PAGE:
I am writing on behalf of an 84-year-old friend who lives alone. Just before Christmas, on 21 December, his landline and broadband both stopped working, and, ever since, we have been trying to get him reconnected. It seems that the road was dug up and the workmen managed to mix up the phone lines. All his landline calls are going to another house’s voicemail.
We called his supplier, TalkTalk, and someone was sent out on New Year’s Eve. We were told that the road will have to be dug up again, but nothing has happened.
There is no one else around to help and I cannot create a support bubble with him as I have an elderly mother. He has had no landline or internet for all of this time. I have also contacted the local paper and the local MP as I am running out of ideas.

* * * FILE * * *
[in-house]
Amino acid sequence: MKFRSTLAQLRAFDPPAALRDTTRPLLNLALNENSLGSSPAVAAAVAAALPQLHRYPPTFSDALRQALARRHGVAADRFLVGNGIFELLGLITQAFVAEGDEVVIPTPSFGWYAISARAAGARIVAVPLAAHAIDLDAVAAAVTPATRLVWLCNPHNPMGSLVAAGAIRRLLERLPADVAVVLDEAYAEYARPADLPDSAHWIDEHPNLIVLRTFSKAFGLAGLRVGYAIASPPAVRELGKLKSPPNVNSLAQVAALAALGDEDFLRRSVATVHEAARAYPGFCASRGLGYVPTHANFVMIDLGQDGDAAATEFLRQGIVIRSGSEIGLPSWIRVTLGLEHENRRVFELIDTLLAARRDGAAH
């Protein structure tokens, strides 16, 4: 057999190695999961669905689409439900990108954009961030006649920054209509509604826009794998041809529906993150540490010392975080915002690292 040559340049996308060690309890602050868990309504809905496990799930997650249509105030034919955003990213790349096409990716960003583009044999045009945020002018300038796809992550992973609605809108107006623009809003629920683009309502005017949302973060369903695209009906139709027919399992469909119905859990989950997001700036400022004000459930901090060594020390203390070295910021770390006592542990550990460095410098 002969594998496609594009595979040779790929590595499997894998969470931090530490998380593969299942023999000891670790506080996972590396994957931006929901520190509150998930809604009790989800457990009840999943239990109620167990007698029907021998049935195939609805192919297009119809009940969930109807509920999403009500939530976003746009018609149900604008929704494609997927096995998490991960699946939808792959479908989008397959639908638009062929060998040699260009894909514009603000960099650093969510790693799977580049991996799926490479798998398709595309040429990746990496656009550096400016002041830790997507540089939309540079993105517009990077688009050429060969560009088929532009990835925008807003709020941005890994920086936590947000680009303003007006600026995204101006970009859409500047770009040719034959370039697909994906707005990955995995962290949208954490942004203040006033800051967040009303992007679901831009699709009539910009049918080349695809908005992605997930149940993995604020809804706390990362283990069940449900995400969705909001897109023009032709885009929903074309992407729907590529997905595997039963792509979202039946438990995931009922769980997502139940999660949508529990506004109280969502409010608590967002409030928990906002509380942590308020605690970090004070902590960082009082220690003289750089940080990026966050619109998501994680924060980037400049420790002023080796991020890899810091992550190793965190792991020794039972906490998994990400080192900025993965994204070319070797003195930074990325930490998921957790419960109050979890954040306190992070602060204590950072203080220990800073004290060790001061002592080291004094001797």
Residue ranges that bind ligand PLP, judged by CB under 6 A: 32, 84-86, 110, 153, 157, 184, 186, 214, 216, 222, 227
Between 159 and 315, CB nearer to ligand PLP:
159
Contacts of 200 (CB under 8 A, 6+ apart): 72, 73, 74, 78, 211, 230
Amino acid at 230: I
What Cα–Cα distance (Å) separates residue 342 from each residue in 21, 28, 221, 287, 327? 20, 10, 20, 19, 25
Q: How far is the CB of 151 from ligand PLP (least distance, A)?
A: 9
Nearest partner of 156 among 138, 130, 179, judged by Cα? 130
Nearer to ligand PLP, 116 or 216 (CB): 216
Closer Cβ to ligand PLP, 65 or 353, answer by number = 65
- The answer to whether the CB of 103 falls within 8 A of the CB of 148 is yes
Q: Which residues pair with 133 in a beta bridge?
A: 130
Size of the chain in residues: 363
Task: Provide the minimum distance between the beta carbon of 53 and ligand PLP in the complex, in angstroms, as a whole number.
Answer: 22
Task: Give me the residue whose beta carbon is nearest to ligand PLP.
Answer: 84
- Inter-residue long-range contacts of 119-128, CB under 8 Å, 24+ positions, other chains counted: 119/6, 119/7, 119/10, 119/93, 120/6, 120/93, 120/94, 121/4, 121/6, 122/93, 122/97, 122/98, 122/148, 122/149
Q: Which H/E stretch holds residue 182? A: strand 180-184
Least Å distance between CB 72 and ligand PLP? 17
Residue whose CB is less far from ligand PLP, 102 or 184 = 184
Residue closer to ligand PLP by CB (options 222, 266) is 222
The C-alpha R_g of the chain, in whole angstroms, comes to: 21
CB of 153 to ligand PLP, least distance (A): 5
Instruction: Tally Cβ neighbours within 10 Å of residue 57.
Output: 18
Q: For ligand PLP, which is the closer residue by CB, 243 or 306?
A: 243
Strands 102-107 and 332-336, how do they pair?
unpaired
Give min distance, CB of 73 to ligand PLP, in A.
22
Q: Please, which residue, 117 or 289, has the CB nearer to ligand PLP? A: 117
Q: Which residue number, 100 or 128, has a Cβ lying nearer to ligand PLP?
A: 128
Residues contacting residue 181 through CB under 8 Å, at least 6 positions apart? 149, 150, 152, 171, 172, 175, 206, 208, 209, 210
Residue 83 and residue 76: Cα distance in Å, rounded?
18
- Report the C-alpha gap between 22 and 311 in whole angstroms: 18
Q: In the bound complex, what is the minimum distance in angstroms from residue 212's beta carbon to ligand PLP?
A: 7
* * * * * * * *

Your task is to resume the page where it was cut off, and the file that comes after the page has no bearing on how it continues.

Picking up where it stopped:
Guardian Money has had several pleas like this over the past few months and we have helped several older readers – and at least one GP – to get reconnected by speaking to Openreach, the BT division that manages the telecoms infrastructure on all of the phone companies’ behalf.
Openreach engineers have been working in difficult conditions throughout the pandemic and their contribution needs to be recognised. Within a few hours of us calling, it swiftly got on the case and restored your friend’s service. You are both very relieved.
Meanwhile, with your friend’s permission, it’s worth you speaking to TalkTalk to explain his situation, as telecoms firms are often unaware that a customer may be vulnerable. You should also apply (on his behalf) for £8-a-day compensation for his lost service. It kicks in two days after the customer reports any loss of service if the problem remains unfixed.
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